By the Blouin News Technology staff

Netflix reveal leaves some feeling betrayed

by in Personal Tech.

(Source: Esther Vargas/flickr)

(Source: Esther Vargas/flickr)

In a blog post published Thursday night, Netflix admitted that it caps its streaming video service rates for users on AT&T and Verizon because of those companies’ data overage fees, confirms a Wall Street Journal report . (It’s long been rumored that AT&T and Verizon are the ones to blame for bad video service.) While not mentioning either of those ISPs by name, Netflix explained:

[…] in an effort to protect our members from overage charges when they exceed mobile data caps, our default bitrate for viewing over mobile networks has been capped globally at 600 kilobits per second. It’s about striking a balance that ensures a good streaming experience while avoiding unplanned fines from mobile providers.

So, while to some it appears as though it’s the broadband providers’ faults for not offering better data and pricing structures, some obviously fault Netflix for deciding to stream poorer video rates — especially because the company has been employing this practice for five years, according to reports. As the ITIF’s Doug Brake points out in a blog post, the practice is a bit hypocritical:

Netflix fought hard during the open Internet proceeding to ensure that broadband providers could not engage in this same behavior that would benefit the same customers in the same way. Most content providers already build adaptive bitrate algorithms into their streaming service, allowing the video to adjust its resolution to the network conditions. Adapting streams with a hard cap on data rates for resource-constrained mobile networks is not much different.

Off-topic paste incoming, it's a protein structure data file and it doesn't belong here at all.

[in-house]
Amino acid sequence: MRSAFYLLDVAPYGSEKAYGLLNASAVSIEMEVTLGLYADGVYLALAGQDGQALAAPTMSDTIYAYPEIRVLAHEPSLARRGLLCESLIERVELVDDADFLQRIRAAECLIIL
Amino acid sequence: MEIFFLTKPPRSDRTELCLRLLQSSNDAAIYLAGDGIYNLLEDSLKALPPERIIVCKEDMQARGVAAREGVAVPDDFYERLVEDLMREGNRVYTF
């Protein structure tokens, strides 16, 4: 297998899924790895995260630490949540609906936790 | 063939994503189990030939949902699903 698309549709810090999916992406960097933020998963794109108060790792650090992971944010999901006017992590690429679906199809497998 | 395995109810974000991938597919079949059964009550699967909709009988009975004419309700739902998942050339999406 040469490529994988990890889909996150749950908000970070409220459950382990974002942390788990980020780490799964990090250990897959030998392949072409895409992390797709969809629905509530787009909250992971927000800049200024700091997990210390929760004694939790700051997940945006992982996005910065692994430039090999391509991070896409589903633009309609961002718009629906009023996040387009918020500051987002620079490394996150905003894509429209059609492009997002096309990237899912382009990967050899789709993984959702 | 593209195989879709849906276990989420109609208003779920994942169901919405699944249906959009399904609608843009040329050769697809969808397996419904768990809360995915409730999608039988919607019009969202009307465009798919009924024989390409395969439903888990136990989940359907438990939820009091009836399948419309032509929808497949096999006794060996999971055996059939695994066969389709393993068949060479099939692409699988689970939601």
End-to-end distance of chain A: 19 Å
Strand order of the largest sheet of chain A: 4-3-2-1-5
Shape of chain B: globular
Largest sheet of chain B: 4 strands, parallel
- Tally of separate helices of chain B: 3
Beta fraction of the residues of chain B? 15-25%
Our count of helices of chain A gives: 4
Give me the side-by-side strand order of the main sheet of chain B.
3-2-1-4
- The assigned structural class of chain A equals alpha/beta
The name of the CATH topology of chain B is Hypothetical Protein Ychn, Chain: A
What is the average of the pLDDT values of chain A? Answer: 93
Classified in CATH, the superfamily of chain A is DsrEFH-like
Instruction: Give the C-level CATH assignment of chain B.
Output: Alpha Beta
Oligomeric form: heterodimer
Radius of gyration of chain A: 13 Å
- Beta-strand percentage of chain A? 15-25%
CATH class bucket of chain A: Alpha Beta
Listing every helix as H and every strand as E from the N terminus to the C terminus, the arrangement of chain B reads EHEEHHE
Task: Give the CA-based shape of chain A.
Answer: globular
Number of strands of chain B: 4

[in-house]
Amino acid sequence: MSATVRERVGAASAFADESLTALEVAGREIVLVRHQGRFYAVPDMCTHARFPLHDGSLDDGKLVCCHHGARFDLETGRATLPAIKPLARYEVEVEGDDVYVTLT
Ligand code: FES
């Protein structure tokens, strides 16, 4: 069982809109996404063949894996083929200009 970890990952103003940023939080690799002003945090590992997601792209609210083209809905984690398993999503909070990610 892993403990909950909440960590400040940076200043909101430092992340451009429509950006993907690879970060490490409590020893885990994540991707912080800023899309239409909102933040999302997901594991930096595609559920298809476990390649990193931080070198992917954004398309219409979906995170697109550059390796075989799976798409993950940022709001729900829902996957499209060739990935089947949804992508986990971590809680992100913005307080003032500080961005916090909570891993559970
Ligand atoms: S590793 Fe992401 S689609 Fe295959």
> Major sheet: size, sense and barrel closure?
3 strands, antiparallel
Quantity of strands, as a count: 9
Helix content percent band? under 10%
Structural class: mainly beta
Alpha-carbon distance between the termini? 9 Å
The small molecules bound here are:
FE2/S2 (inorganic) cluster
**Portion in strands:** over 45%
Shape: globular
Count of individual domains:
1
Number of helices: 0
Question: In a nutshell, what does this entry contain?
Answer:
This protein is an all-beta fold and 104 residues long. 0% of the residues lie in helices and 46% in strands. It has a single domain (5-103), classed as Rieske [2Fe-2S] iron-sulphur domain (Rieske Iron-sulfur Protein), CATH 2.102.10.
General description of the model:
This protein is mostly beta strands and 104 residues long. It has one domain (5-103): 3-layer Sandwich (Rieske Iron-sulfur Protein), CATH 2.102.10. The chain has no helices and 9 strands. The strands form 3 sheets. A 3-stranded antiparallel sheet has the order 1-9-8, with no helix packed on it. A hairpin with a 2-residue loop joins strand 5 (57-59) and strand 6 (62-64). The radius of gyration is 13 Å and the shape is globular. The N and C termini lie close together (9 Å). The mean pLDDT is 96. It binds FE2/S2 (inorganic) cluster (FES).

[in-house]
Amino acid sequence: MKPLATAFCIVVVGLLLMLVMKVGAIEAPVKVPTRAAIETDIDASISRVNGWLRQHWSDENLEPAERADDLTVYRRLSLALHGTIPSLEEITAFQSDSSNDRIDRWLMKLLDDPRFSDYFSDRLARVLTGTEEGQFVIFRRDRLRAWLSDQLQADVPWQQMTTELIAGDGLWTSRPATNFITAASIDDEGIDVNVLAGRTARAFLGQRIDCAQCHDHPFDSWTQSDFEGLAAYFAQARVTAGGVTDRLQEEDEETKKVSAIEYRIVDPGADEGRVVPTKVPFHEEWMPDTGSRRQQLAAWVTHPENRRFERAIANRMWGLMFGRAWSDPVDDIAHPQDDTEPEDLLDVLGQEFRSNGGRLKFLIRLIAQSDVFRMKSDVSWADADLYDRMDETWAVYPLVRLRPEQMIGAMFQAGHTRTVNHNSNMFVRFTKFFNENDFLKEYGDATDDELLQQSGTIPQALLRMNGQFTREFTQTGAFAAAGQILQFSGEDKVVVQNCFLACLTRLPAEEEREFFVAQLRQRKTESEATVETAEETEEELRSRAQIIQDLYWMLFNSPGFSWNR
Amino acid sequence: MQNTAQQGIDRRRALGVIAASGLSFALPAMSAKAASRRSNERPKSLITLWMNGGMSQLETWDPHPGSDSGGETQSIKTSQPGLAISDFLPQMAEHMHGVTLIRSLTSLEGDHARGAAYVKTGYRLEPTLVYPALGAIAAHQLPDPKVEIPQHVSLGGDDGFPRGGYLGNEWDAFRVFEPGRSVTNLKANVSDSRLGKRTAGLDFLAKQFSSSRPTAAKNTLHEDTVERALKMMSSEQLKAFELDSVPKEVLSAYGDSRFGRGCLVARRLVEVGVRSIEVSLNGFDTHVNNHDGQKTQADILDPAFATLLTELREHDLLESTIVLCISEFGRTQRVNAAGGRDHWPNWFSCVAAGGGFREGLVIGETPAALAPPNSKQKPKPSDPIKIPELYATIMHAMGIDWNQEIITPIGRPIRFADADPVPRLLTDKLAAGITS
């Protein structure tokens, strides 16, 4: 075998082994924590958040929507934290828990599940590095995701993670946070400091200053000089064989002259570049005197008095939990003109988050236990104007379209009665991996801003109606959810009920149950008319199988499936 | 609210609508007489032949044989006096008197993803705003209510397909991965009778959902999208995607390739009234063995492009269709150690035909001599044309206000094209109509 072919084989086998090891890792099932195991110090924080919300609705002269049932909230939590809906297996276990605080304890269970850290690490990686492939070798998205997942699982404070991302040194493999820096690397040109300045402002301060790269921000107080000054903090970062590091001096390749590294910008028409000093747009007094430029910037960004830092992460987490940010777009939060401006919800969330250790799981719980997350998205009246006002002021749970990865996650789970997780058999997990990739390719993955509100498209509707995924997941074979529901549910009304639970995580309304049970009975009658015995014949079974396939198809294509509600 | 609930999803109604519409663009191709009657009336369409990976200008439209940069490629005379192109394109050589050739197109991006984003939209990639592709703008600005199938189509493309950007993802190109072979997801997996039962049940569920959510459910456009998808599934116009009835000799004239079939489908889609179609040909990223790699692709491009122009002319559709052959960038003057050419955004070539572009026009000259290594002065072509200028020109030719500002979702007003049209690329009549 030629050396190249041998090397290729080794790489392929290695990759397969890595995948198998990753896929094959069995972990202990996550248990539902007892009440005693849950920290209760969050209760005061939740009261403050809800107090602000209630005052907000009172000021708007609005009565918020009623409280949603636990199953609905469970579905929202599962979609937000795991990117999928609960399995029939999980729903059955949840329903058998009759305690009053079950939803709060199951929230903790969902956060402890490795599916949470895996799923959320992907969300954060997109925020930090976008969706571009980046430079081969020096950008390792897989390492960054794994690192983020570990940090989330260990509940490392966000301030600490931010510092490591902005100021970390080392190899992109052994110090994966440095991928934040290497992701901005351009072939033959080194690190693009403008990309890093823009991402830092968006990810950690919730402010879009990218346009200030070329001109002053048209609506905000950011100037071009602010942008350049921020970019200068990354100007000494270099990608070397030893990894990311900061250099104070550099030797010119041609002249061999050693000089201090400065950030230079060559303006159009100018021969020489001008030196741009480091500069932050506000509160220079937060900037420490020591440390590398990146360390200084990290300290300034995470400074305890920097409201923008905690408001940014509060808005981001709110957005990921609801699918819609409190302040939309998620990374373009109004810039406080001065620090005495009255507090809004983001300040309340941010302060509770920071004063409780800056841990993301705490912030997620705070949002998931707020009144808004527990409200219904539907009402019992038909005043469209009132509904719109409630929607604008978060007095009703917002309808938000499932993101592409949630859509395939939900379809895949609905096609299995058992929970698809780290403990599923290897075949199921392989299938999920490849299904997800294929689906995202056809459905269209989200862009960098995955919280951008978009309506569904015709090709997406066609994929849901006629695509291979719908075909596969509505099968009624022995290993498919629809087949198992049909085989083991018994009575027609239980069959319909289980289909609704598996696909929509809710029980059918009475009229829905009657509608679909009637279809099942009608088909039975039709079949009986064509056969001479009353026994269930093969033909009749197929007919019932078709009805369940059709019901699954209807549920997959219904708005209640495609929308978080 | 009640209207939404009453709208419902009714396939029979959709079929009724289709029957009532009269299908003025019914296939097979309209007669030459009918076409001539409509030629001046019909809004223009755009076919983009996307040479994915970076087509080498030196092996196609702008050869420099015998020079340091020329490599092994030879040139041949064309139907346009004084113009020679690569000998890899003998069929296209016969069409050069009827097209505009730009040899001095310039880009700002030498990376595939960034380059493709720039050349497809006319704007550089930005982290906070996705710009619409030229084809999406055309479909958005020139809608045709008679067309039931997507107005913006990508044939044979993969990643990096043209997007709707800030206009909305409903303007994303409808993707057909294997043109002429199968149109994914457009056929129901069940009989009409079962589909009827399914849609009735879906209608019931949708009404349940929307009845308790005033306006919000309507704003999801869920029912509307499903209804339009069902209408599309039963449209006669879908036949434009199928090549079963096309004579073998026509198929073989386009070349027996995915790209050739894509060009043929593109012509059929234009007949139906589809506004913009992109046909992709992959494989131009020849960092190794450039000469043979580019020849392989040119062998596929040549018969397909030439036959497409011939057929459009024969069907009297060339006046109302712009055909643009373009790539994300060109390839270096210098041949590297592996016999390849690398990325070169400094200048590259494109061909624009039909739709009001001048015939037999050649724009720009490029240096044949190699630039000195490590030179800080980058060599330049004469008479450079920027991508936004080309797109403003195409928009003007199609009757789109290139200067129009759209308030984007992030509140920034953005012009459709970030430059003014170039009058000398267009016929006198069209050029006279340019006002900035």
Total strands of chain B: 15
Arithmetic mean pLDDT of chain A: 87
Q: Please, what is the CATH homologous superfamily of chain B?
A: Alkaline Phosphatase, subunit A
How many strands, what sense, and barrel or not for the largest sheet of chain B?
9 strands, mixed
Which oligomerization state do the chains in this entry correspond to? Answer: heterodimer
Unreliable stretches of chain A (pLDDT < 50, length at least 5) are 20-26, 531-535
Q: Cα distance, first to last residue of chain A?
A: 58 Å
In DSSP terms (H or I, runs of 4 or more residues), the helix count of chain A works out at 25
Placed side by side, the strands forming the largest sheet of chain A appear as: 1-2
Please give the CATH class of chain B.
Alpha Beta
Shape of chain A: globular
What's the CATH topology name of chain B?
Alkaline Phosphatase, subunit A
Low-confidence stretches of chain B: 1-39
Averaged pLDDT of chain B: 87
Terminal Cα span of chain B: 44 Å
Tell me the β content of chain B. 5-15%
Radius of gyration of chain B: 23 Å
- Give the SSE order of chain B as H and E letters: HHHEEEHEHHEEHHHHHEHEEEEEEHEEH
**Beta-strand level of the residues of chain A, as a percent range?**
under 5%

This issue calls to mind Netflix’s past problems with broadband providers — most of those net neutrality-based — and how it has continually painted itself as the champion of the free and open internet as opposed to the big ISP stalwarts. And the issue also clouds what once seemed like a transparent stance from the company on net neutrality.

Ultimately, users are left at a bit of a loss — namely, as to what they can do about this policy (if anything), and how to feel towards both Netflix and these broadband providers. It is a reminder that users’ web experiences are generally at the hands of the big guys, even if those guys say they are on your side.